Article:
Recommended for: Fans of suspense, espionage, and family drama.
Warnings: This show features graphic violence, sexual situations, strong language, and other adult content.
Status: Complete (6 seasons)

 BuzzfeedUnsolvedLogo.jpgGet creeped out by Buzzfeed Unsolved, a free YouTube series starring two guys who love to talk about unsolved mysteries–both true crime and supernatural. The show is dark and disturbing, but the hosts, Ryan and Shane, have good senses of humor and try to find levity in the heavy topics. The Supernatural episodes generally feature paranormal investigations.
Recommended for: Fans of true crime, paranormal mystery, and paranormal investigation.
Warnings: This show includes strong language, discussions of difficult topics like murder and sexual assault, and occasional graphic imagery.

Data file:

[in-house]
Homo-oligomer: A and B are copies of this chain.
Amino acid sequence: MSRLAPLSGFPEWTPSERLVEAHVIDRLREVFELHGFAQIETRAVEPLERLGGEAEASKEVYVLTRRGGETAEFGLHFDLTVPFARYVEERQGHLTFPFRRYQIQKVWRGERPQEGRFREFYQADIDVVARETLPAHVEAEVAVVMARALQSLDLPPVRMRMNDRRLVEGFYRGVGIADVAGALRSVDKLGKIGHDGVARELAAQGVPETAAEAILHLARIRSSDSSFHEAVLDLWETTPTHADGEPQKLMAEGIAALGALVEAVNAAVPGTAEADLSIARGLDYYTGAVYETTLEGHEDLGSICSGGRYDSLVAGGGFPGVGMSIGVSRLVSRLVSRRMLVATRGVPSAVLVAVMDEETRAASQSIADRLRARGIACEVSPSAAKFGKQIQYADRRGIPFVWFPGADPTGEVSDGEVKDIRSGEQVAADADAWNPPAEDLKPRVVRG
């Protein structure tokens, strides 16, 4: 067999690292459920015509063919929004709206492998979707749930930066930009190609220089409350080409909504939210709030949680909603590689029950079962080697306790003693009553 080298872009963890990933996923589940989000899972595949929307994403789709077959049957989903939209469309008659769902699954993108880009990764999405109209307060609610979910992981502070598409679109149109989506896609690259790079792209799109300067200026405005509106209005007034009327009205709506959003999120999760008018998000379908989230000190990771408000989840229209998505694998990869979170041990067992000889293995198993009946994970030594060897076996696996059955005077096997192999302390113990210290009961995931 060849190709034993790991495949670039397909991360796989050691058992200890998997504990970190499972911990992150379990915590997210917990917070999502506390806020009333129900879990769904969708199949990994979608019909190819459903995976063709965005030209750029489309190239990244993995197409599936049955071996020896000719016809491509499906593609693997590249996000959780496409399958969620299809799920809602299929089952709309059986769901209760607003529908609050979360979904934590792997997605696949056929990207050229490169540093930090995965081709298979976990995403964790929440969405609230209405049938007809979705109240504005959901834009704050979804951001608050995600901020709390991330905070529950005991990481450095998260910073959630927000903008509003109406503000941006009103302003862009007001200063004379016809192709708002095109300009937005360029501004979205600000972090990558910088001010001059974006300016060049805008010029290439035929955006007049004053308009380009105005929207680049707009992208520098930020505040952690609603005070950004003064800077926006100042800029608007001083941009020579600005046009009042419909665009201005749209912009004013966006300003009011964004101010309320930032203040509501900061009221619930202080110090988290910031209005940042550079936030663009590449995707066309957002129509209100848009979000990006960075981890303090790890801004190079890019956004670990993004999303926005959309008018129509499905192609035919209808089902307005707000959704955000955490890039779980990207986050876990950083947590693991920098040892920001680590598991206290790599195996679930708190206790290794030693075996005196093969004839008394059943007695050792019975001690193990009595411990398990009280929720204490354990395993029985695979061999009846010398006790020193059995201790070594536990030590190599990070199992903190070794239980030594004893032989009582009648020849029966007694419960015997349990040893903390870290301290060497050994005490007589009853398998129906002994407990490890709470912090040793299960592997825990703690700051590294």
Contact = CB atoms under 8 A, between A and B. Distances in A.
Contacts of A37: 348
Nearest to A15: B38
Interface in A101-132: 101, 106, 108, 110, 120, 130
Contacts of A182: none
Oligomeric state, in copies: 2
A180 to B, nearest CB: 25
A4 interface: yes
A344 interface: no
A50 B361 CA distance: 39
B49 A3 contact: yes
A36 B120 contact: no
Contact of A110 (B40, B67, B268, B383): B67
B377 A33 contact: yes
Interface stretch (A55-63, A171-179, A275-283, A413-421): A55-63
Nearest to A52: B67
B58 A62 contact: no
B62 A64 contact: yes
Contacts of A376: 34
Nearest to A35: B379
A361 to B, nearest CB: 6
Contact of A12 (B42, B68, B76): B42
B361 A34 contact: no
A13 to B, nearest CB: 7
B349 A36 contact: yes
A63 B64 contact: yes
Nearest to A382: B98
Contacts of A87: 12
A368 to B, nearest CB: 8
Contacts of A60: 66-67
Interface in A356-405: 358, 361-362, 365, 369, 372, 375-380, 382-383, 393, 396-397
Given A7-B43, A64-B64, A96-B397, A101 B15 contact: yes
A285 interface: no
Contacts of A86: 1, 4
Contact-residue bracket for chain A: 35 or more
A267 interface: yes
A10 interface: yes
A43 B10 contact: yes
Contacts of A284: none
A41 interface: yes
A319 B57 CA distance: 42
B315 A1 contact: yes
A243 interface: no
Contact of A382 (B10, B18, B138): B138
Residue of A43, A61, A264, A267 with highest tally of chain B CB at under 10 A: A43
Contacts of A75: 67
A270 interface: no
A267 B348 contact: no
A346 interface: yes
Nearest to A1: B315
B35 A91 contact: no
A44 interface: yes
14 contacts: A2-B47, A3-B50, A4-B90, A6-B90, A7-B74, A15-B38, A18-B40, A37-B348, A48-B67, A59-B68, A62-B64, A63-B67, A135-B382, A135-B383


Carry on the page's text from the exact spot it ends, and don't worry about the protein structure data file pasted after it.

Status: Ongoing (several seasons uploaded per year)

All of these shows, with the exception of Buzzfeed Unsolved, are available at the Northborough Free Library or elsewhere in the C/W MARS Catalog. You can find Buzzfeed Unsolved on YouTube.

Enjoy your binge!

7 Books and 1 Film for Jewish American Heritage Month

by Deborah Hersh

Shalom.  May is Jewish American Heritage Month.  Here are some works by Jewish Americans showcasing the many ways that Jews have contributed to American history, culture, and society.  You can also find more great reading recommendations from The Jewish Book Council.